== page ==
He said, “We have a death rate of babies and mothers of less than 10 percent. Most of the babies that come here survive because the nurses are specifically trained on new-born baby care.

“There are functional incubators for premature babies. We have nine ventilators and there is no teaching hospital in Nigeria where you will go and see up to three functional neonatal ventilators.”

The state Commissioner for Health, Dr Makusidi revealed that, “Before now, almost all of the neonatal babies; the children born between 0 and 28 days of life, 85 to 90 percent of them don’t survive. Now the trend has been reversed. We record close to 90 percent survival of these babies. We have recorded the smallest babies here, 0.6 kilogramme or 600-kilogramme babies, just like a lizard and they were managed and survived here.”

He said the success was made possible with the installation of customised incubators and ventilators that had made the management and survival of the babies possible.

Dr Makusidi said, “Aside bringing in the equipment, we trained our staff both clinical and mechanical, to see that at the exit of the consultant, we should be able to sustain ourselves. A lot of our doctors and nurses have been trained. The machines are so customised to our environment to acclimatise with our temperature, our lighting system, and our ruggedness,” he said.

One of the senior doctors, and wife of the Niger State governor, Dr Amina Abubakar Sani Bello, said, “From the statistics that we have here now, there is significant reduction in maternal and child death.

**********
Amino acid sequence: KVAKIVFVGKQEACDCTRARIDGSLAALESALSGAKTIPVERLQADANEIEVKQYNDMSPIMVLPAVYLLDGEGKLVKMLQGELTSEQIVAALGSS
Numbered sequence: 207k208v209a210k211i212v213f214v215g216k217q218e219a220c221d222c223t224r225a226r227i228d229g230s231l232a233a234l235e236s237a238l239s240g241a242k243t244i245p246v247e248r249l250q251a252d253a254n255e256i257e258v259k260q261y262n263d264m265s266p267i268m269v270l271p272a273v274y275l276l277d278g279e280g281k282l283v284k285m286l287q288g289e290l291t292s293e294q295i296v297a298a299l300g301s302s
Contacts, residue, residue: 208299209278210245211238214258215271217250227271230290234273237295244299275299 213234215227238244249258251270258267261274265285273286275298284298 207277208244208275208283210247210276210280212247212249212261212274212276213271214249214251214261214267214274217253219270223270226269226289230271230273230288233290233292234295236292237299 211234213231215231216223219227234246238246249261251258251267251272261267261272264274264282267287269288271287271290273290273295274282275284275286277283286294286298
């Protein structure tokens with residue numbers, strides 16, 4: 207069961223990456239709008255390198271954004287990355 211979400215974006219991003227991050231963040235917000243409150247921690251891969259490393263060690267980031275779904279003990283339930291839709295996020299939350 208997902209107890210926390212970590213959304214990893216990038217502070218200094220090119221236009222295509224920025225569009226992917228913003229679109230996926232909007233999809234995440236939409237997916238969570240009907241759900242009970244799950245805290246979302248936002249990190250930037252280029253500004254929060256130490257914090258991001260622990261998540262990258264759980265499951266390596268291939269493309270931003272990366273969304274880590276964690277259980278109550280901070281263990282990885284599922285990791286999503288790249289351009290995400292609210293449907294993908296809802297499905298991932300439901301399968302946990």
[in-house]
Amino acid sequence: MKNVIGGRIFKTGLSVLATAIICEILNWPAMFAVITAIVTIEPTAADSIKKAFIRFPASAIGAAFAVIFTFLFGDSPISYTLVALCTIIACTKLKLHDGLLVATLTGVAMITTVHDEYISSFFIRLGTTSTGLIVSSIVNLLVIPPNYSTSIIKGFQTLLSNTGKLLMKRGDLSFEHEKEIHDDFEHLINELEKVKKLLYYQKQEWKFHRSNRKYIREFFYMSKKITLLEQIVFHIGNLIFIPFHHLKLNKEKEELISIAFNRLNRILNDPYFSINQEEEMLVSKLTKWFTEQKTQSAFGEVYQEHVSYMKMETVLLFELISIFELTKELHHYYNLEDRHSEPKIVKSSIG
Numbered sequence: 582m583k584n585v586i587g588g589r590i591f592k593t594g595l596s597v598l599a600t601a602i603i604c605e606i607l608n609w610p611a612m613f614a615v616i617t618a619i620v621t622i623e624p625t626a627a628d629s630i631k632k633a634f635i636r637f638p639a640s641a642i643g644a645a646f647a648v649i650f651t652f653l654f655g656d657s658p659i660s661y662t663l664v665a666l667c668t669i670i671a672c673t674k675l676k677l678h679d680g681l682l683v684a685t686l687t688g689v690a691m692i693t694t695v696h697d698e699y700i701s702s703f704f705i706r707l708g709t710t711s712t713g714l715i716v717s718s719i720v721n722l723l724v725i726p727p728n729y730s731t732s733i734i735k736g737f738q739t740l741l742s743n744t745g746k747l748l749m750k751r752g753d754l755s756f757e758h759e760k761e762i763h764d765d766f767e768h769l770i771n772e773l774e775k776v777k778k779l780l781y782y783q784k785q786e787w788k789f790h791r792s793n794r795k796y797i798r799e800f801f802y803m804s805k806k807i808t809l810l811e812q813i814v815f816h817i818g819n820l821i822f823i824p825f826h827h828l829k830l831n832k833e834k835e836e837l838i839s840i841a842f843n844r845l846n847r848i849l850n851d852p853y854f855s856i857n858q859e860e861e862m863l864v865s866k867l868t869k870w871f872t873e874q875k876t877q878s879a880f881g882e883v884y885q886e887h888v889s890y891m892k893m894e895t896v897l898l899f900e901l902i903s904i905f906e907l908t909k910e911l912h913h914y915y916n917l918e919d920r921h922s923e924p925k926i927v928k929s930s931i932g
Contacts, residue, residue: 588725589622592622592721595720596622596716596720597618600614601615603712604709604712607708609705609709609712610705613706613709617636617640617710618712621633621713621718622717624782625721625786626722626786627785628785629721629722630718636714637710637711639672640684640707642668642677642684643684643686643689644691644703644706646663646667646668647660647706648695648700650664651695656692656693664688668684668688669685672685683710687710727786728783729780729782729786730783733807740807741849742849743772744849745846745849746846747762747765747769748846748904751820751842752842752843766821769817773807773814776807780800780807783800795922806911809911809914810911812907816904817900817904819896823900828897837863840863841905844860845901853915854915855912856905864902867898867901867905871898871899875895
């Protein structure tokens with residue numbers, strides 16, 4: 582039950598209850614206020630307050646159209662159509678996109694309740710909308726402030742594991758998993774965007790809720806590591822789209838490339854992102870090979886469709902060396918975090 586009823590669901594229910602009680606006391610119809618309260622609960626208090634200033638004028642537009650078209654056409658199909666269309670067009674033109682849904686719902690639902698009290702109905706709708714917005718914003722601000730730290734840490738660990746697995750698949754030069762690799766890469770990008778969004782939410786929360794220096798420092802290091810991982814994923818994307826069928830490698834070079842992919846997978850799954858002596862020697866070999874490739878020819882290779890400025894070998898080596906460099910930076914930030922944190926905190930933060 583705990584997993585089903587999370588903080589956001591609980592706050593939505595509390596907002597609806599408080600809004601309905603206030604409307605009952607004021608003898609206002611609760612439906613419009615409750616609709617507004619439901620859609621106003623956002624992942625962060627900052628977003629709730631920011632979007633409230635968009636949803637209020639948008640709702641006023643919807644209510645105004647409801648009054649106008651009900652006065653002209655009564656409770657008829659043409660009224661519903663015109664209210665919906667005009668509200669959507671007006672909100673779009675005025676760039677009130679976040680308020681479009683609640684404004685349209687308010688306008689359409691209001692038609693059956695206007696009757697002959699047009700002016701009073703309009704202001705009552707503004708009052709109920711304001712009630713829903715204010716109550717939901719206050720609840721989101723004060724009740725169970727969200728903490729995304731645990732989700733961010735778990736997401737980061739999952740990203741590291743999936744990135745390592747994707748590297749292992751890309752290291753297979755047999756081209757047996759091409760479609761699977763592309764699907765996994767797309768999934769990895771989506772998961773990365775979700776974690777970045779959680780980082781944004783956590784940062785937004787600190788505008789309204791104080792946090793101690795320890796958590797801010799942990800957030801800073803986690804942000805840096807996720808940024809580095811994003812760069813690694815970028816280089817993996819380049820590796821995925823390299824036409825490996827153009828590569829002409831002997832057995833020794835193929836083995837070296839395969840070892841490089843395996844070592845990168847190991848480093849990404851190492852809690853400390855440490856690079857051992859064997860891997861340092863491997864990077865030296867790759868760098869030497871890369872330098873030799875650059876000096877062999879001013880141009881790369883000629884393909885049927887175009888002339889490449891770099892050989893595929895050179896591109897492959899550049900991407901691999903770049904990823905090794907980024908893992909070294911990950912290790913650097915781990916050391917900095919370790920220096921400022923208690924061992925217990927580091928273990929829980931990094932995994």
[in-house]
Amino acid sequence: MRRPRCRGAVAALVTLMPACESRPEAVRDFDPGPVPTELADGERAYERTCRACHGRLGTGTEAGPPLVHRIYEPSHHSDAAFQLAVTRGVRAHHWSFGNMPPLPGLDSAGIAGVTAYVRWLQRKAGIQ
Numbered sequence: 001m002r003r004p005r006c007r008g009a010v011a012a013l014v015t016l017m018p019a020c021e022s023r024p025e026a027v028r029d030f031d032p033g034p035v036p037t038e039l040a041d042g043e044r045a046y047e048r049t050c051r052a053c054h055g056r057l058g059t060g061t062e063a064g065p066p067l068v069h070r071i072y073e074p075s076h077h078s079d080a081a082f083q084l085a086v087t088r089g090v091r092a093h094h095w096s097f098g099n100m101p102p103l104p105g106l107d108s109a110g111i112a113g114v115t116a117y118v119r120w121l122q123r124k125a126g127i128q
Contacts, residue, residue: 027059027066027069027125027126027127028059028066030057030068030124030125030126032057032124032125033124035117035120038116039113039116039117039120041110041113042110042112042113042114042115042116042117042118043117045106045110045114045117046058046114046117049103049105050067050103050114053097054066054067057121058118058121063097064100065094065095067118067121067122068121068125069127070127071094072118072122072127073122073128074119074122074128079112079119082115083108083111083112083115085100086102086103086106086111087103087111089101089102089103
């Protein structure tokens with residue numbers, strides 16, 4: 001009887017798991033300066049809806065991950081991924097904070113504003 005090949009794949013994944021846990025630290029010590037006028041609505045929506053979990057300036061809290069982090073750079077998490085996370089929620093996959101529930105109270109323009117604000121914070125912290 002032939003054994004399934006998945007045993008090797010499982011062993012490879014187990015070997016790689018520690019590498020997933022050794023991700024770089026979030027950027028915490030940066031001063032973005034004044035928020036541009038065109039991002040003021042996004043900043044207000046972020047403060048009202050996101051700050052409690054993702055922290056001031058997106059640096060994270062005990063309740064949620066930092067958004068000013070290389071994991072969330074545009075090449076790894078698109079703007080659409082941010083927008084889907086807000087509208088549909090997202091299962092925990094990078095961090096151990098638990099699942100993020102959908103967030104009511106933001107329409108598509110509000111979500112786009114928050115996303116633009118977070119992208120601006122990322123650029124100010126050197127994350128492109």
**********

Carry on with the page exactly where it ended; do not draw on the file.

“The unit started in 2017 and we have been able to have a high survival rate of babies who pass through this centre.”

“Most mothers deliver through normal delivery though there are some mothers who need a caesarian section. We treat babies with different problems like those related to prematurity, and aphasia. The section is for the babies from 0-28 days who have been born with one problem or another and need special care, “she said

Dr Amina said the centre was a victory for maternal and natal mortality, pointing out that, “You can’t have the baby surviving without the mother surviving. They go hand-in-hand, both maternal and neonatal mortality. And the revitalisation of the primary healthcare centres to have 274 focal units to provide 24-hour service which ensures that women who happen to go to labour in the evening or in the night get the required care. These are some of the things that allow safe delivery and reduce maternal mortality.”

She said without the requisite equipment, most babies wouldn’t have survived because of the conditions surrounding their delivery.

One of the mothers, Aisha Ibrahim, said, “I gave birth here and the baby is sick, and on admission. They give comfortable services and attend to our babies at the right time. We don’t have any problems.”

Habiba Musa, another mother of a 20-day old baby, said the baby had health challenges and was being treated by the doctors.

She said, “Since we came here, and he was given an injection, he is okay now. The doctors are here with us 24 hours.”